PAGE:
Here's Why You Should Eat Fruit Even Though It Contains Sugar

By: Lauren Wicks

Fruit is an essential part of a healthy diet. Here's why, plus learn what a registered dietitian thinks.

Sugar can often feel like a bad ex-boyfriend we can't seem to stay away from no matter how hard we try. We know we need to eat less of it—maybe we even go on a sugar cleanse or detox in an attempt to stop the craving—but even just a small indulgence can quickly send us back into a full-on sugar obsession. However, one kind of sugar that doesn't deserve to get kicked to the curb: fruit!

Pictured recipe: Purple Fruit Salad

Fruit often gets a bad rap for its sugar content, but we are begging you to please stop comparing donuts and bananas! The sugar naturally found in fruit is so much different than the dozens of various sweeteners on grocery store shelves. Naturally-occuring sugars are also found in dairy and vegetables.

Consuming fruit is associated with dozens of health benefits—improved heart health, protection from chronic diseases and a healthy weight, to name a few—and pretty much all respected health organizations encourage us to eat fruit every day as part of a healthy diet! We definitely can't say the same for donuts—or any other products with added sugars for that matter.

Related: 10 Amazing Health Benefits of Eating More Fiber

Plus, fruit is so much more than just nature's candy. Most fruits are typically a good source of fiber—an essential nutrient 95 percent of us don't get enough of. Not only is fiber great for our digestive and gut health, but it also helps slow our body's roll when breaking down fruit sugar, so we don't experience the same sugar high we would if we had eaten candy or cookies instead. Most products with added sugars don't contain fiber, which allows for insulin spikes and leaves you hungry again an hour later.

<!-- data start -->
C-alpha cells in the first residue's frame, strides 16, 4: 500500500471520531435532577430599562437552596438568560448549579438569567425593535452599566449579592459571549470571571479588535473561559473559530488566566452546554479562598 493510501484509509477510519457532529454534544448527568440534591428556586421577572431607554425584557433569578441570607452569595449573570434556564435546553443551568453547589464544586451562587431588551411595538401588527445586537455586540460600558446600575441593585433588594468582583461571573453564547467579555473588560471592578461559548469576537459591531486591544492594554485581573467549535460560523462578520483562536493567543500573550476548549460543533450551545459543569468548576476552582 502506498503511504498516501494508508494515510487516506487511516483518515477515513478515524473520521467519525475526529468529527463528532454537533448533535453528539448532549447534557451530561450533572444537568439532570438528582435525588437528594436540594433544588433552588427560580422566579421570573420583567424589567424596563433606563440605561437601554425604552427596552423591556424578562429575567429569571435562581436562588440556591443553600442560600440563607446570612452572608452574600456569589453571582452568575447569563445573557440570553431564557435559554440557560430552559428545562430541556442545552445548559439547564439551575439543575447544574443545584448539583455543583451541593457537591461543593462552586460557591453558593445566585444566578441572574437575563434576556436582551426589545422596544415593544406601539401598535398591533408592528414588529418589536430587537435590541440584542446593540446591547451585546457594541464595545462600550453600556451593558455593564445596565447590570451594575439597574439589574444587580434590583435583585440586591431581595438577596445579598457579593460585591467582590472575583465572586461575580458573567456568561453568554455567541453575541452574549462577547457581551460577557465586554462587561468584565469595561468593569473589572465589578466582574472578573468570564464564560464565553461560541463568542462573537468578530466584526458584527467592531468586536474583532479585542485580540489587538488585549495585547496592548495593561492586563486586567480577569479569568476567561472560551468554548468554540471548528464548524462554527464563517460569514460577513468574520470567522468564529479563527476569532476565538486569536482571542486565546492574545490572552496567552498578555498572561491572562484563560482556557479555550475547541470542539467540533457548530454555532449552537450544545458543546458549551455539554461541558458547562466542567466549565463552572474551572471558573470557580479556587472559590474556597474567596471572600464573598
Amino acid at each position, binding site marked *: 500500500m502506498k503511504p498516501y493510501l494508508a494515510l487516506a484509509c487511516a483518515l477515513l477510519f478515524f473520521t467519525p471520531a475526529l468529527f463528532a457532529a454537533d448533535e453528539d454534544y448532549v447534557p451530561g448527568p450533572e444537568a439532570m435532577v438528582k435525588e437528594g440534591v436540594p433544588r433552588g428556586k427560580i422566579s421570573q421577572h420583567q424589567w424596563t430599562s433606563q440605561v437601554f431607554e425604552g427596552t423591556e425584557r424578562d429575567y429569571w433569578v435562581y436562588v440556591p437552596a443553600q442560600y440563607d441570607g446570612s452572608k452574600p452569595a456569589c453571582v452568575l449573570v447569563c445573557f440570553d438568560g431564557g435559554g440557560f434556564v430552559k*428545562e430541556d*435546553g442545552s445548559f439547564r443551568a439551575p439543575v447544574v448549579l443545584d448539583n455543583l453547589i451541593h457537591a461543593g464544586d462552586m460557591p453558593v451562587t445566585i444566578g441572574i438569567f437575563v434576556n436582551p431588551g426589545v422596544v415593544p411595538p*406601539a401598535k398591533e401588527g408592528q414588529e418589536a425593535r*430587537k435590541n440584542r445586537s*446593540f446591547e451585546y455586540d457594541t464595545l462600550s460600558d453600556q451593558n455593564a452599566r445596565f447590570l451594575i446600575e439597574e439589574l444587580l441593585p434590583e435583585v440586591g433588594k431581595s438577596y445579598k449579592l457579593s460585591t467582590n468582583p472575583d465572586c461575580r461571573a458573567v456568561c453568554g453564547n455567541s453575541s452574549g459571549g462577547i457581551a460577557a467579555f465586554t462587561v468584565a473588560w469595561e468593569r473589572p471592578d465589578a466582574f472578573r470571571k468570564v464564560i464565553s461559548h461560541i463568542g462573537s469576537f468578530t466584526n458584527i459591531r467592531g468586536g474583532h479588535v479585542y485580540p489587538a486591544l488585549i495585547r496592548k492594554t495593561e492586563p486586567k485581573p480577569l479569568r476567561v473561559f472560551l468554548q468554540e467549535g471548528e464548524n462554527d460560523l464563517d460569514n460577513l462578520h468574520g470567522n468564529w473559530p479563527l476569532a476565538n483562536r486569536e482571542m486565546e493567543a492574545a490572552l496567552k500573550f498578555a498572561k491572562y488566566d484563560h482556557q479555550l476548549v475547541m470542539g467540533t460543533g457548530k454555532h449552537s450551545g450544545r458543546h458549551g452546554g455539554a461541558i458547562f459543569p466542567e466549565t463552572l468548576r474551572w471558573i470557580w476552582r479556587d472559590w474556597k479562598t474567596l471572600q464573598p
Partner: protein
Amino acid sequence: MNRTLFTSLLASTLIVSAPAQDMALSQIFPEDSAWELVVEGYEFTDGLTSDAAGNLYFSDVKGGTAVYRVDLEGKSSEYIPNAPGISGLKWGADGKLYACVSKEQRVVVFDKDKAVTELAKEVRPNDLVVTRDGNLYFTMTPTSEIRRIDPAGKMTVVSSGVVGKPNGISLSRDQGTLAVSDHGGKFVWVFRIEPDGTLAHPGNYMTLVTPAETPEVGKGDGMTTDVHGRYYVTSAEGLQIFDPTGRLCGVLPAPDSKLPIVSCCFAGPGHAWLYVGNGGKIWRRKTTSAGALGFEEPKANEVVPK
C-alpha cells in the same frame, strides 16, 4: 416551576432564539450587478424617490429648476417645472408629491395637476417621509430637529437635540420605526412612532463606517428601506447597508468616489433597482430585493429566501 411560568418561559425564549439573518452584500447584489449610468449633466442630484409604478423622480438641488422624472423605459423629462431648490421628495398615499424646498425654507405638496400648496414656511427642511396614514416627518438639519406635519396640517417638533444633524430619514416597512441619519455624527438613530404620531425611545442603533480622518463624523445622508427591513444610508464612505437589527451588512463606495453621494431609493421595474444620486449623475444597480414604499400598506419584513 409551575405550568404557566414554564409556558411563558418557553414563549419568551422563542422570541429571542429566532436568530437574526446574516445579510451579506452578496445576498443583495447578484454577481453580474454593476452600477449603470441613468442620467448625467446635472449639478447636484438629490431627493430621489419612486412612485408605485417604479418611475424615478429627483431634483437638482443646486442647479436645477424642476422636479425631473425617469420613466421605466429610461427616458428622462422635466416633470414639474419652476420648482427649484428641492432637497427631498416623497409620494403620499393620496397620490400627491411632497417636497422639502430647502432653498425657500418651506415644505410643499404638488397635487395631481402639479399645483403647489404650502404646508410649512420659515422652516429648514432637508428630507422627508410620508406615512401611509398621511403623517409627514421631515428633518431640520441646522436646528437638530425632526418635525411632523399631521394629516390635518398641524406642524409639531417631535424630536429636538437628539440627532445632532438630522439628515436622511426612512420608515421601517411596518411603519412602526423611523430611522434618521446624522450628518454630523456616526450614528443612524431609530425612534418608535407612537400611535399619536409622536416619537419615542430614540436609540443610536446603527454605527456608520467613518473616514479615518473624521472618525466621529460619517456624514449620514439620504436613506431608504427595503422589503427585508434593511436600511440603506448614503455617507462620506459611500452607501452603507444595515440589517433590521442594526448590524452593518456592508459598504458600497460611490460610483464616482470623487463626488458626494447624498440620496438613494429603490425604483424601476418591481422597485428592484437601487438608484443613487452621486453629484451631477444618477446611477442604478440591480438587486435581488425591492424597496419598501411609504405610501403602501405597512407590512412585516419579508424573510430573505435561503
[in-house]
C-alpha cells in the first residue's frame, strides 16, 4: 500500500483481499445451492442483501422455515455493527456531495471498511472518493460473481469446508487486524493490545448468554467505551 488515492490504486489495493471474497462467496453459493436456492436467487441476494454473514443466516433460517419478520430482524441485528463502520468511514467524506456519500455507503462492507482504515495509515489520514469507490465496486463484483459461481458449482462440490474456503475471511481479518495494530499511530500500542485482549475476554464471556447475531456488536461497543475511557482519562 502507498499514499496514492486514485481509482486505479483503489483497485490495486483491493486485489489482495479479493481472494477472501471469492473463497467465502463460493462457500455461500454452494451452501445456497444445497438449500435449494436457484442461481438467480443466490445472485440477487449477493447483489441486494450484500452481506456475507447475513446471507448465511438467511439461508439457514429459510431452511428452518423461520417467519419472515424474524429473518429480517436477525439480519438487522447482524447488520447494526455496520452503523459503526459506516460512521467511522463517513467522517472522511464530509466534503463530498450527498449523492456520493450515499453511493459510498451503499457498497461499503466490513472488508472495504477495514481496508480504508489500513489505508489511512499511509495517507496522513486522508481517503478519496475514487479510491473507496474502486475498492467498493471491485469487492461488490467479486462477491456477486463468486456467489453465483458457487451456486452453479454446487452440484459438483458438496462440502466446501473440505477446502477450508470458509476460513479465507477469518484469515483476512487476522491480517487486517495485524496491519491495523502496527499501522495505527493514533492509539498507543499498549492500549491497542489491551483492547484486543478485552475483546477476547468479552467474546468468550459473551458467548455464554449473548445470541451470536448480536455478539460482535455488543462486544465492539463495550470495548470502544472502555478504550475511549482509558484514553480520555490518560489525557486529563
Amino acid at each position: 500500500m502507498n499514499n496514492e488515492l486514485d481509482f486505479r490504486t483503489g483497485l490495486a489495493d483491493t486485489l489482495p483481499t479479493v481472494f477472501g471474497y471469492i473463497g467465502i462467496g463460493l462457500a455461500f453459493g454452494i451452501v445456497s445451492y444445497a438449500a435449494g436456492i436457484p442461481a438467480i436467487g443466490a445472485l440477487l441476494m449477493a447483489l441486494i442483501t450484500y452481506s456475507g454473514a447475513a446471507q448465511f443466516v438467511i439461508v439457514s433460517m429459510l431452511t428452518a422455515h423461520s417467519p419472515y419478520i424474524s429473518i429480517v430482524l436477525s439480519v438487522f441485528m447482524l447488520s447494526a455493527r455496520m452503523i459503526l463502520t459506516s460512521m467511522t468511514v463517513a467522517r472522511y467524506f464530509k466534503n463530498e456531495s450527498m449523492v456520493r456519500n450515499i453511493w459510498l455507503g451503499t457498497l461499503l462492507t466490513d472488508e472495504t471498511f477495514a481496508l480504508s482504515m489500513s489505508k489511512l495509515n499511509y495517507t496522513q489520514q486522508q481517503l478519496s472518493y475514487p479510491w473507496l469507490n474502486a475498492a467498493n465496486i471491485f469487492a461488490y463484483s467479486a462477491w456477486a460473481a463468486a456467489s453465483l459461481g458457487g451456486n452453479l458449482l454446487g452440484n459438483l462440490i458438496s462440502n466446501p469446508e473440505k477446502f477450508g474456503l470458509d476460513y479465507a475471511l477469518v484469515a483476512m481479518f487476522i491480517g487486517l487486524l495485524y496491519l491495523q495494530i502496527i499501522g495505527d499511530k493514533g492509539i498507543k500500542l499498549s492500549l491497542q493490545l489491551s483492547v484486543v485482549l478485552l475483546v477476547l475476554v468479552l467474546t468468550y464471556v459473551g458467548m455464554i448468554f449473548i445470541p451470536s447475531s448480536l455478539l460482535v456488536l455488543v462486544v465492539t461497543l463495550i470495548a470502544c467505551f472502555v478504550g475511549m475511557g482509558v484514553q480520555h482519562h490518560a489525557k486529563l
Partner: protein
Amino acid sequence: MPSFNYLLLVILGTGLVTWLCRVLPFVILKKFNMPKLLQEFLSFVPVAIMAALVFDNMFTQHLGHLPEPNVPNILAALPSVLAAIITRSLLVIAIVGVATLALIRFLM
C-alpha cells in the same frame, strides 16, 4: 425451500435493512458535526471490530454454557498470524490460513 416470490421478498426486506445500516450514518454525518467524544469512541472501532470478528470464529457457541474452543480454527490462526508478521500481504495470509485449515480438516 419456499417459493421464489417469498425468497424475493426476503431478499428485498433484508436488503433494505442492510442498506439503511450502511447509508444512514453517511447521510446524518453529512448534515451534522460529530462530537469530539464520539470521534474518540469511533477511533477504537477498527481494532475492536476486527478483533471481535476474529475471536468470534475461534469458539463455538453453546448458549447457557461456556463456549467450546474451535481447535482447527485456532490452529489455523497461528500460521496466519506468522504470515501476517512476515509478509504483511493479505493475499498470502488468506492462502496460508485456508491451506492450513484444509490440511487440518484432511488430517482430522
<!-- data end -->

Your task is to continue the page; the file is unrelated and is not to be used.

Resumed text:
Fruit is also a wonderful source of vitamins, minerals and powerful antioxidants that ward of inflammation and chronic diseases. The antioxidant power of apples, for example, fights off several types of cancer—maybe an apple a day really keeps the doctor away after all. And those bananas people compare to donuts are good sources of potassium, B vitamins, and Vitamin C.

Related: Why You Should Eat the Rainbow When It Comes to Fruits and Vegetables

What a nutritionist says:

We talked to EatingWell's nutrition editor Lisa Valente to get her thoughts on eating fruit:

"It's one of my biggest dietitian pet peeves that people think fruit is unhealthy because it has sugar. I hear it all the time about bananas especially, but everything from blueberries to oranges have gotten a bad reputation," she says.

What about for someone who is watching their carb intake?

"If you need to watch your sugar or carb intake, you may want to be more careful about portioning out your fruit but it doesn't mean you shouldn't eat it. Try pairing fruit with a healthy fat or protein, like apple and almond butter, banana and peanut butter or pear and cheese," adds Valente.

"Eating fruit hasn't been linked with higher blood sugar, even for people with diabetes (learn more about fruit and diabetes here)."

Is fresh fruit the best option?

"Dried fruit, canned fruit and frozen fruit might have added sugar, so check the labels. If you buy plain versions with just fruit as an ingredient it can be a really affordable way to add more fruit to your diet. I especially like frozen fruit for smoothies and dried fruit for snacking," she notes.

"The benefits to eating fruit definitely outweigh any downsides. Fruit has so many great nutritional qualities and it just happens to taste good. That's a win-win in my book."

Related: Healthy Fruit Recipes

Fruit Salad in a Bowl